Cases per population is important to understand how well the district administration is managing the situation. However, when it comes to plotting the curve of a district, the number of new cases per day has the same denominator for all the points in that curve. Thus, the relative values for plotting the graph remains unchanged. Visually, the shapes do not change as there is no change in gradient or slope in each point. As we have plotted for each district considering their respective cases other than normalizing all of them, the curves are error free yet comparative.

Why Are All of the Peaks the Same Height?

The plots are adjusted in a way that 100% of each one will be visualized on the same height. As stated before, the ‘case’ axis (y-axis) is exclusive to each curve based on their highest confirmed case. So, the curves are unique to each district. But, the percentage of changes e.g., declination or inclination or horizontal trend of the curves in the same criteria will be same. We see that, x% refers to the (x/total population) X 100 of that specific district. Thus, for countries in the same criteria, the points depicting the same percentage will be on the same height, so will the peaks.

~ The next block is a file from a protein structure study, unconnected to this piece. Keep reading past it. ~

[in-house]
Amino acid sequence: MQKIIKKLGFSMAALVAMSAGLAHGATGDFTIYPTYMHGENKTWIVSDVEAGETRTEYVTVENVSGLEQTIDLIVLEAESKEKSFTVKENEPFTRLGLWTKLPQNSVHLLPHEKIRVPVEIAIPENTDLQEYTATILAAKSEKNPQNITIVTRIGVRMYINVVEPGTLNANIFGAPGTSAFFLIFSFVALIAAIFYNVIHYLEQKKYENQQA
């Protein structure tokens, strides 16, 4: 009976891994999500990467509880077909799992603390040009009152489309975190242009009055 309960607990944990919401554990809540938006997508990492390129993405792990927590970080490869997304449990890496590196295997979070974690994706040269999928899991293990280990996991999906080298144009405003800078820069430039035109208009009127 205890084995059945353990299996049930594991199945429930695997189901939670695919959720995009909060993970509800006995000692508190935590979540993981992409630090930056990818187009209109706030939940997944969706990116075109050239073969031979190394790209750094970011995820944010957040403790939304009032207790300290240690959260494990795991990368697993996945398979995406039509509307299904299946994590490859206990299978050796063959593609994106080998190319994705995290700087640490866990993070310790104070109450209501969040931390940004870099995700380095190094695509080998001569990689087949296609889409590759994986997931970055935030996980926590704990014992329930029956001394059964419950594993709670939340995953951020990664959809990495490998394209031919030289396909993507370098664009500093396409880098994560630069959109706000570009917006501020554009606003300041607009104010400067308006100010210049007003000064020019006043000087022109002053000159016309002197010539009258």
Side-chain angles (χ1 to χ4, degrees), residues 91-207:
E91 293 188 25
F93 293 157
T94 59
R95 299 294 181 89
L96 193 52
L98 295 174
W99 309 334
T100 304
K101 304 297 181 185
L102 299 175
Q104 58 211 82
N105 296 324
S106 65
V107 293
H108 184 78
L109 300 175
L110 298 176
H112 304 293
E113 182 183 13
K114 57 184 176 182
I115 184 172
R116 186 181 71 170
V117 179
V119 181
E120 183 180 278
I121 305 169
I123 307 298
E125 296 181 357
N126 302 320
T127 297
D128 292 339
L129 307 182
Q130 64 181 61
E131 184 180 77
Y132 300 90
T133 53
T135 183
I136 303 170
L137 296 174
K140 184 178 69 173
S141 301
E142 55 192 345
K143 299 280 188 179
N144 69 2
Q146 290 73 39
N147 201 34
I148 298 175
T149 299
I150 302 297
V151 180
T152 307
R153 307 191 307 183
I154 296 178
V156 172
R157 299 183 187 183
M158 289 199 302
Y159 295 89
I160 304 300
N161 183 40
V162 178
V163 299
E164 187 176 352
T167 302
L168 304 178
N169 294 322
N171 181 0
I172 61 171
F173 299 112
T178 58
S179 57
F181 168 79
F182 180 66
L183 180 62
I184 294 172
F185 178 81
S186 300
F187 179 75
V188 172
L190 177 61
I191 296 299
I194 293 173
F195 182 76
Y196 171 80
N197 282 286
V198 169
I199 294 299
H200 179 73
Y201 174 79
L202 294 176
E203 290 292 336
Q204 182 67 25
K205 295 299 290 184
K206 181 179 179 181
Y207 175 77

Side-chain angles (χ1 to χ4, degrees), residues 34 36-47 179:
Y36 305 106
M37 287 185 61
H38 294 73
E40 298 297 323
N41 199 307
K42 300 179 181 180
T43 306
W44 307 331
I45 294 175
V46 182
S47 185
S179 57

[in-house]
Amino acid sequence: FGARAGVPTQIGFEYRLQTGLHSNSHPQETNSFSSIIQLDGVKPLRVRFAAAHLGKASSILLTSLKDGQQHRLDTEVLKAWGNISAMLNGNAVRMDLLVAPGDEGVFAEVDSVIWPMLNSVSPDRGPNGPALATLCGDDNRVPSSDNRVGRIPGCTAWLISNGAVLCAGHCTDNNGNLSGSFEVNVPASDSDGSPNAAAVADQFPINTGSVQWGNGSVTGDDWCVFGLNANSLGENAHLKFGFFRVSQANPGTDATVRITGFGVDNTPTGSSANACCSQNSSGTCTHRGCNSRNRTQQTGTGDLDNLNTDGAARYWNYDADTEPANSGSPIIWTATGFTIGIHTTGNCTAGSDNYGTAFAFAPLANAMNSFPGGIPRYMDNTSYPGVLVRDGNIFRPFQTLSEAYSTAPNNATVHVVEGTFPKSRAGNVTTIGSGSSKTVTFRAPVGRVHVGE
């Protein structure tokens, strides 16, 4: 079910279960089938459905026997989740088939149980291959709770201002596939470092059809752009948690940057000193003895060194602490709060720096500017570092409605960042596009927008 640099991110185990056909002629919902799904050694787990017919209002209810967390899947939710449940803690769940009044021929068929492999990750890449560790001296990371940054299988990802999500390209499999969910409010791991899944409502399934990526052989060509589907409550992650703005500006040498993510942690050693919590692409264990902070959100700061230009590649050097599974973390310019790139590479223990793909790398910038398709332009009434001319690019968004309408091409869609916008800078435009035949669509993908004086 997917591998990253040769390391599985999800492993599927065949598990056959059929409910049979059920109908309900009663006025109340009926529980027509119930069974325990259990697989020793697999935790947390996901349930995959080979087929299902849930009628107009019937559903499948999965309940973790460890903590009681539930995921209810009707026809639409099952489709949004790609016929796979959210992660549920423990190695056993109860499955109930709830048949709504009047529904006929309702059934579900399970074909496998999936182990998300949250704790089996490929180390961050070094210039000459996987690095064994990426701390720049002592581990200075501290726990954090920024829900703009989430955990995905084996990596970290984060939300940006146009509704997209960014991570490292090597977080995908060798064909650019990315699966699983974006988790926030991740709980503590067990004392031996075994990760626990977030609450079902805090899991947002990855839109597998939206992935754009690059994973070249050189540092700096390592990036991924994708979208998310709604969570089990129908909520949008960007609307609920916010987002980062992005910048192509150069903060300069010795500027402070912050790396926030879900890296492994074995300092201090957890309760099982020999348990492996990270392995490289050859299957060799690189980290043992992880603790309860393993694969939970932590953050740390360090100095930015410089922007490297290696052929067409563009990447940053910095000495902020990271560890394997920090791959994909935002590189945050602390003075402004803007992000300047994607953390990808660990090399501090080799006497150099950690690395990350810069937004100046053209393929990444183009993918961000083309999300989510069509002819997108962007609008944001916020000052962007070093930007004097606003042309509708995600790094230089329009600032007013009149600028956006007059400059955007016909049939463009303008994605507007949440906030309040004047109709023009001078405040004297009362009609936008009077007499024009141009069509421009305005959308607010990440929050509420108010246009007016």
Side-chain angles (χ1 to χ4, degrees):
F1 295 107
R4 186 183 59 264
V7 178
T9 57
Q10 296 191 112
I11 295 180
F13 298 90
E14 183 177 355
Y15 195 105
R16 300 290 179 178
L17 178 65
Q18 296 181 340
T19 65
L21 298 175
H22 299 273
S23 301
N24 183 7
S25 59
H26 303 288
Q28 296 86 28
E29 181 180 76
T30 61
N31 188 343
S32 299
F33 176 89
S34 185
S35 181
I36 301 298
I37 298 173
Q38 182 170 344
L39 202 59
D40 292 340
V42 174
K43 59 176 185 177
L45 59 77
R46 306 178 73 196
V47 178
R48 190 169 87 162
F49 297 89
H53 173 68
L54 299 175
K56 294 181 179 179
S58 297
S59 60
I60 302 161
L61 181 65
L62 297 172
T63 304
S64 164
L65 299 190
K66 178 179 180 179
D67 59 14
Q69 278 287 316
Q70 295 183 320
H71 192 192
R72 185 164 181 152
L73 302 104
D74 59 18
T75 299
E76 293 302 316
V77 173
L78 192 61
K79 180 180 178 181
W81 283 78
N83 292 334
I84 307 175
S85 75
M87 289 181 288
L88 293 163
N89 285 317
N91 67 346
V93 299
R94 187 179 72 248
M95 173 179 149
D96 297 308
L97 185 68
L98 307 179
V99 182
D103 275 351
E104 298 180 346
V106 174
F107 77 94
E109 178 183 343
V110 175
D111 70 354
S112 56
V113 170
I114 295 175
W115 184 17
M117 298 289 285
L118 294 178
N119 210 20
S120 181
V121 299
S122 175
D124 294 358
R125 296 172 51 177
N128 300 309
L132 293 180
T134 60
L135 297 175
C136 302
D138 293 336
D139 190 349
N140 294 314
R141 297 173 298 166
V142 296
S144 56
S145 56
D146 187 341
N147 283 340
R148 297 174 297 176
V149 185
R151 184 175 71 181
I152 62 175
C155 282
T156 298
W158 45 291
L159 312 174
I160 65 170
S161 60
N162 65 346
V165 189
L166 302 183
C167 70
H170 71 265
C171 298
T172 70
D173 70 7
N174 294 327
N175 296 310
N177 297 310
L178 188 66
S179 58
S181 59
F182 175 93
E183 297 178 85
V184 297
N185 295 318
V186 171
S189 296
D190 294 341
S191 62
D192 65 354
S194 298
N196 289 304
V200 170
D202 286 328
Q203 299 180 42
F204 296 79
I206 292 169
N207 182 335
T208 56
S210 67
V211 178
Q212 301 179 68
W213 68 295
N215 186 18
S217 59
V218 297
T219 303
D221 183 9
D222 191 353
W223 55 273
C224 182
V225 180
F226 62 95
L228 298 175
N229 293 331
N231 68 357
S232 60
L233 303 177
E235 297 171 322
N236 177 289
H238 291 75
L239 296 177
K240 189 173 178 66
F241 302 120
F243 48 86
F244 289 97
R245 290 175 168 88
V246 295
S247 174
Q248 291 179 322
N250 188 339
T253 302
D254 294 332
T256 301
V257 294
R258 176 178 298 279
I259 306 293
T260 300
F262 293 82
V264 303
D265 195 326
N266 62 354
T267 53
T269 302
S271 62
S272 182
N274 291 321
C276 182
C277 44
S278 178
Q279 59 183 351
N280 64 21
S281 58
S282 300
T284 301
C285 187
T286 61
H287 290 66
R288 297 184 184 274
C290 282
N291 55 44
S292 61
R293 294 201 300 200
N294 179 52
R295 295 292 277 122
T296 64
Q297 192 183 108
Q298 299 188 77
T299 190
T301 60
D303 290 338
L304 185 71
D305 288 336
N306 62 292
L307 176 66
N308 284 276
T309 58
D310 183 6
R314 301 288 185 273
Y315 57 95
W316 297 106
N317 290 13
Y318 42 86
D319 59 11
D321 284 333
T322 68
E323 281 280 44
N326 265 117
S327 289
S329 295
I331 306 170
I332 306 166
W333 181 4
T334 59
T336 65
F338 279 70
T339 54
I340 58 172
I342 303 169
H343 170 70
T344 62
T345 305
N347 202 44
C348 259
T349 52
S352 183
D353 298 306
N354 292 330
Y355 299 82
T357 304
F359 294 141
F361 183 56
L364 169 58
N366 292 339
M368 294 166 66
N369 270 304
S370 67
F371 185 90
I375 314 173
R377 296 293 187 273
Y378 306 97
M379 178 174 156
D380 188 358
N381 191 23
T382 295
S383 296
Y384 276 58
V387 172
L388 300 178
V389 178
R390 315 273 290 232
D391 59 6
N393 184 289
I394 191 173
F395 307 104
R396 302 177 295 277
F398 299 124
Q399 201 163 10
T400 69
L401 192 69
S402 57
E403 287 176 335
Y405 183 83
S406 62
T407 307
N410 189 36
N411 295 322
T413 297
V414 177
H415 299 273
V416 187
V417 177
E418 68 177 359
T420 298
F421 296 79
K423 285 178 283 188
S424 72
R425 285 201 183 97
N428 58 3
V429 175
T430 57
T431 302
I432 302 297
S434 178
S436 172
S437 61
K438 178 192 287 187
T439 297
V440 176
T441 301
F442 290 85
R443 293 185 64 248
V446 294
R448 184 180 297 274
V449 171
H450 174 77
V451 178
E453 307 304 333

Plots from the COVID-19 Case Data

Criteria 1: The plots show classification of districts according to the highest number of cases in a day within the given timeline

i. Highest number of cases in a day within the given timeline ➡ <20 (i)

i. Highest number of cases in a day within the given timeline ➡ <20 (ii)

ii. Highest number of cases in a day within the given timeline ➡ 21-50

iii. Highest number of cases in a day within the given timeline ➡ 51-100  

iv. Highest number of cases in a day within the given timeline ➡ 101-200

v. Highest number of cases in a day within the given timeline ➡ 201-1000

Criteria 2: The plots show classification of districts according to the trend of the curves mainly at the terminal point, i.e. for last recorded data

i. Districts with downward or flat Curve within 15%

ii. Districts with curve within >15% – 25% close to the end

iii. Districts with curve within >25% – <50% close to the end

iv. Districts with curve at >=50% close to the end

v. Districts with <20% cases from the peak close to the end

Criteria 3: The plots show classification of districts according to the average exponential growth factor

i. Districts with average exponential growth factor <1.07

ii. Districts with average exponential growth factor 1.07-<1.1

iii. Districts with average exponential growth factor 1.1-1.15

iv. Districts with average exponential growth factor >1.15-<1.2

v. Districts with average exponential growth factor >=1.2

Figure 1

 

Data Source: IEDCR, DGHS || Project inspired by EndCoronavirus.org